Aziraphale held the droning receiver to his chest like a protective talisman; his gut twisted into a knot as a thousand thoughts careened through his mind, and in that moment, he forced himself to mask his cacophonous worries with a smile as he turned around to face his… guest.

"Ah, Gabriel," he said, praying it was enough to fool the arch angel, "it has been a while, hasn't it?"

Imposing as he was impassive, Gabriel stared down at him. If he had noticed Aziraphale's discomfort, he didn't give himself away, "yes, the last time I saw you you'd ruined the Ineffable Plan, and then somehow survived an execution by Hellfire." Unfazed in the slightest by the severity of what he'd just said, Gabriel began perusing the shelves, "We all decided that the less we had to do with you the better it would be. For all of us. You understand, of course."

Aziraphale honestly didn't know if what was best for him had been taken into consideration for a single moment, but somehow, he wasn't surprised. His prayers had gone unanswered for so long, and now he knew why.
But, at least it seemed to now be at an end.
"Of course." Aziraphale said curtly, wanting nothing more than to talk about precisely anything else, "Well, I can only assume that you've come to talk about what's going on with the humans? Such a terrible thing, but I've had a few ideas I think you'll all really—"

"What?" Gabriel's lip pulled up in distaste, though this was quickly masked with neutrality, "no, we're taking a back seat on them for a little while, considering the fact they weren't even supposed to be here anymore."
He shot a sly look at the fat angel, as though to say because of you, and then picked up a brand new-looking old book and began listlessly turning pages, "I wanted to see how you were doing, though."

That was a surprise, and after shaking off the discomfort at his colleague showing such open disdain for one of Her creations, Aziraphale felt a glimmer of hope bloom in his chest, "oh?" he said, "does Heaven have work for me, then? I'd be more than happy to help out in any—"

"No." There was little room left for further discussion with such an abrupt interruption, and Gabriel finally looked up from the book he was barely paying any mind to, "I came here, of my own volition. I wanted to speak with you, informally."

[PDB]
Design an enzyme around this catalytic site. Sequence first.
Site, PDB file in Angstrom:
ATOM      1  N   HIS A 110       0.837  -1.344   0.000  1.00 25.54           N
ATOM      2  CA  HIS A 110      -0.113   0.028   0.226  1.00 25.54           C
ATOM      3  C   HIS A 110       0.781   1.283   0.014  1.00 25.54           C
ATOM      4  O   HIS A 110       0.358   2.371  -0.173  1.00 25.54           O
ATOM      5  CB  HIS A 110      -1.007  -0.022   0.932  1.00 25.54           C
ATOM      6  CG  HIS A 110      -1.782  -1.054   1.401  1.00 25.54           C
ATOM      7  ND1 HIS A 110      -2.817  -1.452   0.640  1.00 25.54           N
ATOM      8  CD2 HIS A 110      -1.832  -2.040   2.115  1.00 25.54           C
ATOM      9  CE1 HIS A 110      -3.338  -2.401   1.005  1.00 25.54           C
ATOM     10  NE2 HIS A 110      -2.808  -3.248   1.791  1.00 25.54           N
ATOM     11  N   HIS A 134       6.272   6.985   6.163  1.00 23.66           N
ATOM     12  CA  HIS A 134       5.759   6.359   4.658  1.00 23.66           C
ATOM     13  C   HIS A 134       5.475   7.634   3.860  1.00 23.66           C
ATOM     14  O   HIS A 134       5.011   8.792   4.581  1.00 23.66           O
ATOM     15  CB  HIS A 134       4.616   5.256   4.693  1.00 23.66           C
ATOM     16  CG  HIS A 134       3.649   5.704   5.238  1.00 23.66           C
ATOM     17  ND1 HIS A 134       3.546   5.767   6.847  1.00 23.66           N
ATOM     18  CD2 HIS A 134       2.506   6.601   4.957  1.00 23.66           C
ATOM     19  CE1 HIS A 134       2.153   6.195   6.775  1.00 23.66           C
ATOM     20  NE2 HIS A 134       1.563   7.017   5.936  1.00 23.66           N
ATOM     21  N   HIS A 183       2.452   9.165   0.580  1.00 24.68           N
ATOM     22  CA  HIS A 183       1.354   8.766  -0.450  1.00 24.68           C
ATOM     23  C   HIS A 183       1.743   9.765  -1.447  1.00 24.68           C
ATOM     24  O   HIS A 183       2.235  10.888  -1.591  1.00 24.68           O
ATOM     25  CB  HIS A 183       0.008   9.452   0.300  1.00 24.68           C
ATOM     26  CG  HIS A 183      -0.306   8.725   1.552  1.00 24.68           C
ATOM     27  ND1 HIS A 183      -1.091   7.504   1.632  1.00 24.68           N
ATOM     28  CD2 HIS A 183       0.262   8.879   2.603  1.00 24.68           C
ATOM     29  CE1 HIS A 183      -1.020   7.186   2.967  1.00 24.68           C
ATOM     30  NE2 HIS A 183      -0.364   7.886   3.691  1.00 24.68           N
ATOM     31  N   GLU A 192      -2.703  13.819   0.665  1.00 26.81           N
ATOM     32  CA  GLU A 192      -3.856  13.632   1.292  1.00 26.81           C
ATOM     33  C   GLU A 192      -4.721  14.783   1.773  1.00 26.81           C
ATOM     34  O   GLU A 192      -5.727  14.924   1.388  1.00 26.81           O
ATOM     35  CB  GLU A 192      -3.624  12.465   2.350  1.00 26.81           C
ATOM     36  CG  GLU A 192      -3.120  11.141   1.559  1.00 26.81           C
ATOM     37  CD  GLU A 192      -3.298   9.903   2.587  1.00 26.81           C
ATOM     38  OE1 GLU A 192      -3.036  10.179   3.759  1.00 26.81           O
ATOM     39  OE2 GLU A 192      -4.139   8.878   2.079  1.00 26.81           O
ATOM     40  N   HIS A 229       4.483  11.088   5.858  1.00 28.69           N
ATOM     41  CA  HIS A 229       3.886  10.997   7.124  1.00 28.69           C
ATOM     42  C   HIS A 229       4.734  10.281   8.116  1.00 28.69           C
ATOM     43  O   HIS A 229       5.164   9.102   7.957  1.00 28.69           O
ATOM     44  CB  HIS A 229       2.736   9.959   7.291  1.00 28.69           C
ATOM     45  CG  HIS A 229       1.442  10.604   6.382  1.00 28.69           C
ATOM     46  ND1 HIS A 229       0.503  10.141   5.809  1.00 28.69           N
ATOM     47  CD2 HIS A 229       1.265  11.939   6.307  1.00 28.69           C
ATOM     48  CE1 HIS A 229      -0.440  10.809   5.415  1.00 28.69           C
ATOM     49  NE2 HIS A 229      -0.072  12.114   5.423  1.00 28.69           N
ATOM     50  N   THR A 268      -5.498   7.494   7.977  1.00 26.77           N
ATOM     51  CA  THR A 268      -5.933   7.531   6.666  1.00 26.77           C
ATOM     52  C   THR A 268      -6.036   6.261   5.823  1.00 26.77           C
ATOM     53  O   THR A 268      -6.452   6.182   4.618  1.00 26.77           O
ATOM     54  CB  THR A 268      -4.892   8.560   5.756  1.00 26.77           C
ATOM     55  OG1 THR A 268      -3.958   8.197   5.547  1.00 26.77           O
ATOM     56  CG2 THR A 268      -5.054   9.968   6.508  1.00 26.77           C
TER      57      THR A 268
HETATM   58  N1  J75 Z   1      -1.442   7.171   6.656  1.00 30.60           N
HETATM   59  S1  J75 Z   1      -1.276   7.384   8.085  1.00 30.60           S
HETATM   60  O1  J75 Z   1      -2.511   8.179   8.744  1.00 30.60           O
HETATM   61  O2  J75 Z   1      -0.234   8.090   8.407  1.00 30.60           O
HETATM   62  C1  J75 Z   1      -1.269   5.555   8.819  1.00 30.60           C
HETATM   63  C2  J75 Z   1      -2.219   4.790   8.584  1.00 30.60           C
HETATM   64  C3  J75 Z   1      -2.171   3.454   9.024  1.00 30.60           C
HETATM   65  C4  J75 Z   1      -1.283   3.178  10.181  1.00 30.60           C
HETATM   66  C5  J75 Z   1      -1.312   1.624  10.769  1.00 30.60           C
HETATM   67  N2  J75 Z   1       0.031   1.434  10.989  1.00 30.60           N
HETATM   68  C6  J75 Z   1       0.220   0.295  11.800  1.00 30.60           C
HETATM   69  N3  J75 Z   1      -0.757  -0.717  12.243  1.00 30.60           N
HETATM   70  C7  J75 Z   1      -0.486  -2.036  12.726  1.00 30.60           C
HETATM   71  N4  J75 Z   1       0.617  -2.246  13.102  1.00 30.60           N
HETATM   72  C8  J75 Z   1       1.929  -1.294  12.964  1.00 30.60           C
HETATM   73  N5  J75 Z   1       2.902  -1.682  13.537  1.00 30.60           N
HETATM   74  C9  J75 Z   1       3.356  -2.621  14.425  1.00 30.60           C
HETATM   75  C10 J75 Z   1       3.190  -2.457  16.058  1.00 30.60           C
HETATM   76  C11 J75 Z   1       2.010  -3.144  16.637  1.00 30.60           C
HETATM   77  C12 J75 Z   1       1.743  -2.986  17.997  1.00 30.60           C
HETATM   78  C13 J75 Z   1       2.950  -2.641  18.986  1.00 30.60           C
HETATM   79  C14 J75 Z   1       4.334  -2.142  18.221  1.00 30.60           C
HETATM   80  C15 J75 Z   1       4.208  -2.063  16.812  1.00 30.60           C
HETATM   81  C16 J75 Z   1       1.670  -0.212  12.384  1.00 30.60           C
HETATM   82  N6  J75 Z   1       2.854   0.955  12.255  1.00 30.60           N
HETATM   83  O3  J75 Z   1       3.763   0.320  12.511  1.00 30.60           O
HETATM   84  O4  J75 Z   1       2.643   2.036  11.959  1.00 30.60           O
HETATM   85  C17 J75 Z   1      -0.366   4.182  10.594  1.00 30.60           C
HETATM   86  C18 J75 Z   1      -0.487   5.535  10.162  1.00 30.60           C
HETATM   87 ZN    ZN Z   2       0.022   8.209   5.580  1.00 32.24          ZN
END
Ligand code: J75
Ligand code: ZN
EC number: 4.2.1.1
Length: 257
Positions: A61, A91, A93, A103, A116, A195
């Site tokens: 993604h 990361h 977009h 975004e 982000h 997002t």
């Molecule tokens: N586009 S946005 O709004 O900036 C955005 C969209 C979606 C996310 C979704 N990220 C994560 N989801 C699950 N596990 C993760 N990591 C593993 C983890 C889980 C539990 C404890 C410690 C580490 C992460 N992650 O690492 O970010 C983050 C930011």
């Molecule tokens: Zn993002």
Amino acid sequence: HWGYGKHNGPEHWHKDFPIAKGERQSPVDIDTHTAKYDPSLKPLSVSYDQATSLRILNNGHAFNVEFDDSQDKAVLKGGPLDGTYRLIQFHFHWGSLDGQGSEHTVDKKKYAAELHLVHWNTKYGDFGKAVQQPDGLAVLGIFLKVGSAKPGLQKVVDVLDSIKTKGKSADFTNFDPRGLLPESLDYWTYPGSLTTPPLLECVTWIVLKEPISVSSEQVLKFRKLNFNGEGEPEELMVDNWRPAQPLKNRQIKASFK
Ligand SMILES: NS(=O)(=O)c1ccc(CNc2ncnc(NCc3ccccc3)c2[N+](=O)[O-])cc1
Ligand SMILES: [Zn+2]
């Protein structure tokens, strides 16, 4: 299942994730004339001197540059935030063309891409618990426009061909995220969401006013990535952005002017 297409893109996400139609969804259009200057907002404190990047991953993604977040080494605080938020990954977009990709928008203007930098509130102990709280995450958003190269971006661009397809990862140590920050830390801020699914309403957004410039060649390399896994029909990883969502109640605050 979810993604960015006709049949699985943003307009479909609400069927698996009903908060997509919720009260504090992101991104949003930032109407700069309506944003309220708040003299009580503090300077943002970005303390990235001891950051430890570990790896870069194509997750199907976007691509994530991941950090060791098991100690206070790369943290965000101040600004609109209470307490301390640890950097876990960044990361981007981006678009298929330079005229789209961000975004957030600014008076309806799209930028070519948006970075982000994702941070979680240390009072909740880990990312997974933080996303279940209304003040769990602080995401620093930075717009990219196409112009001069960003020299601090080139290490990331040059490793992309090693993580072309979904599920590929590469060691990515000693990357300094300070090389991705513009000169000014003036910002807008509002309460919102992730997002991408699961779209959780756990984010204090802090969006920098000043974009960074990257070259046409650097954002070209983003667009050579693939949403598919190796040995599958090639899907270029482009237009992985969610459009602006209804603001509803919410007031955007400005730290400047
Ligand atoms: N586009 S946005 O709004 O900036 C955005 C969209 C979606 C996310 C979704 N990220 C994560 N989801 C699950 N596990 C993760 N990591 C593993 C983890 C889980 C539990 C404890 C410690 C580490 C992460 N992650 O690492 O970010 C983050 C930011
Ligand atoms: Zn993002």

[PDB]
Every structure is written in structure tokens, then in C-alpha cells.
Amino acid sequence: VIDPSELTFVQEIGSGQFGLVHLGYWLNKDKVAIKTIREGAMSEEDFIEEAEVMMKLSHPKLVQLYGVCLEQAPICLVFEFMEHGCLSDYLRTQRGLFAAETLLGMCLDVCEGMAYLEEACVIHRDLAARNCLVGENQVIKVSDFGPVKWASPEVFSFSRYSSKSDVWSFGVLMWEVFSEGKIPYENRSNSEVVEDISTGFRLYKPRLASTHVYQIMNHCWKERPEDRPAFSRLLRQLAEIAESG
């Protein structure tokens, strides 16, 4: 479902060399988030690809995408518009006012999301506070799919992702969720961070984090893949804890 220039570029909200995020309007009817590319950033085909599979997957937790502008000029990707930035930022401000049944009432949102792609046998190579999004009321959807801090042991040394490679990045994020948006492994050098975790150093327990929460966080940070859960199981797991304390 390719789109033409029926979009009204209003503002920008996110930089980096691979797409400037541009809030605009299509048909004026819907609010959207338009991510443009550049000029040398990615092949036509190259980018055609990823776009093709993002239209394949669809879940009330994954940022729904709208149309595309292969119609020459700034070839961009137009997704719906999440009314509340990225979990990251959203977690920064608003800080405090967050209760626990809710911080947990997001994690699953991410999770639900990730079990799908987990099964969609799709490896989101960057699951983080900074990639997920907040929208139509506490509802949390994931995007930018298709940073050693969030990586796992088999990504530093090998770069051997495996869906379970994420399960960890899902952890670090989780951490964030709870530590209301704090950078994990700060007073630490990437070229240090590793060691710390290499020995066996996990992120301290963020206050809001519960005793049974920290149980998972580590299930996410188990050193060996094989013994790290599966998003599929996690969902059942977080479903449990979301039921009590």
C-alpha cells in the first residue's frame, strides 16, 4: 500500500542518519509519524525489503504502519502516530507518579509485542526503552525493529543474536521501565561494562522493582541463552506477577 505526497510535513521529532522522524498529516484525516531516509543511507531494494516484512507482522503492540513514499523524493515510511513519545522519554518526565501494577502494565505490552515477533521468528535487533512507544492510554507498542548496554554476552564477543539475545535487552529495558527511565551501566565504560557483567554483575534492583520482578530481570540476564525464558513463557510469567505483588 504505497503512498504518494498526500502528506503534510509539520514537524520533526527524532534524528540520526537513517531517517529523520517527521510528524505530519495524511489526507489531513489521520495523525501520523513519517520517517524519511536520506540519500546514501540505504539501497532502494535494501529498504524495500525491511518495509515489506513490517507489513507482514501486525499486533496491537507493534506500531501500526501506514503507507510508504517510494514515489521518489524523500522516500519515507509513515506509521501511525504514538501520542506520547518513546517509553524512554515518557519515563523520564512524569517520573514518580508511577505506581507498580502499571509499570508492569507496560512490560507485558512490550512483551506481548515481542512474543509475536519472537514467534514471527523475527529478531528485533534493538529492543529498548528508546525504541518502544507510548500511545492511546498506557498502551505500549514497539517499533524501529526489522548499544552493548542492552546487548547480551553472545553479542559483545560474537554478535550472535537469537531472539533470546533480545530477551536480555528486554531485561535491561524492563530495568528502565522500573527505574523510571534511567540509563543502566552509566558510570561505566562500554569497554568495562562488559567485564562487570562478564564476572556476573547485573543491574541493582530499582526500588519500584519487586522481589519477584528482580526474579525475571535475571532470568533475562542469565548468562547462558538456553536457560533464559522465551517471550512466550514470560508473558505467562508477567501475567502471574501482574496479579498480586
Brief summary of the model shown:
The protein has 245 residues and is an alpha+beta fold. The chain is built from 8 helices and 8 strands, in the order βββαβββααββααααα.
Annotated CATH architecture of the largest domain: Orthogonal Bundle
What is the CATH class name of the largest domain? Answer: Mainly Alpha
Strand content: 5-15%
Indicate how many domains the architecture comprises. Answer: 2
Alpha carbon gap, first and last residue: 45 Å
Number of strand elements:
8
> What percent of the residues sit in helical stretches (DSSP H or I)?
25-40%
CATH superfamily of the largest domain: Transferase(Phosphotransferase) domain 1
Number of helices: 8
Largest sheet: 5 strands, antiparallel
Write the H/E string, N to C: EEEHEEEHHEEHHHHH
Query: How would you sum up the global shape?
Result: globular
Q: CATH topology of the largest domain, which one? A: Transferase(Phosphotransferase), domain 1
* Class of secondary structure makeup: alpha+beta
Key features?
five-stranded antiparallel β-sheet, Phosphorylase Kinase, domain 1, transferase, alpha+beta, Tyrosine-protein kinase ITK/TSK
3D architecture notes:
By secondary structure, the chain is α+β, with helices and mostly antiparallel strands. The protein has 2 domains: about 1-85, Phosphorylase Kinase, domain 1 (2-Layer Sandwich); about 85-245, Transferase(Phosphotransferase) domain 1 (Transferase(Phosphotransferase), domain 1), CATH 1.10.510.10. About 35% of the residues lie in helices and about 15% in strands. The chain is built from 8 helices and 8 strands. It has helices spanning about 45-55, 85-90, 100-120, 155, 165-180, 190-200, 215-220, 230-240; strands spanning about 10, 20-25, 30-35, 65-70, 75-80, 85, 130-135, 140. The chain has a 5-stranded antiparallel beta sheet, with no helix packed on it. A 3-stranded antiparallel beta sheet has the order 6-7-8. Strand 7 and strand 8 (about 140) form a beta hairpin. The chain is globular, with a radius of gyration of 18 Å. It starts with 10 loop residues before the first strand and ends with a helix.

Intrigued, but cautious, Aziraphale leant against the armrest of the chair behind him, "about what?"

Gabriel seemed to be sizing him up, like a python considering a rather large meal, "are you still consorting with that demon?"

That demon.

As though Anthony J Crowley hadn't been instrumental in preventing Armageddon itself, saving every precious life on Earth, and standing up to not only all the forces of Heaven, but also his own kind and the bloody Devil himself! As though that somehow didn't make his name worthy of being remembered and inscribed in the very stars themselves to tell his tale to the rest of humanity, for the rest of time!
As though his very name was somehow a dirty word that shouldn't be spoken.

Bristling defensively, Aziraphale gripping the phone receiver a little tighter; he tried to pretend as though he wasn't swallowing down a tempestuous verbal tongue-lashing on behalf of his oldest and most dearest friend, and smiled thinly. There was no use lying, knowing Gabriel, he had probably eavesdropped on their conversation only moments before.
All the arch angels seemed to suffer with the awfully nasty habit of being precisely where they weren't wanted, just in the nick of time to listen in on any private matters that might be going on.
"I wouldn't call it consorting," Aziraphale said, not liking the negative implications of the word, but also not wanting to prolong the conversation any more than necessary to argue a point that would only fall on deaf ears, "but yes, Crowley and I are friends."

Gabriel looked as though he'd suddenly caught a whiff of a particularly bad smell, "friends. I can't even imagine how She must feel about your treachery."

A frosted dagger of reality pierced him, and chilled him to his core.
Every time Aziraphale thought on the many millennia of Her divine punishments, his blood would run cold as terror gripped him for the work both he and Crowley had done to foil the Ineffable Plan. Her Ineffable Plan.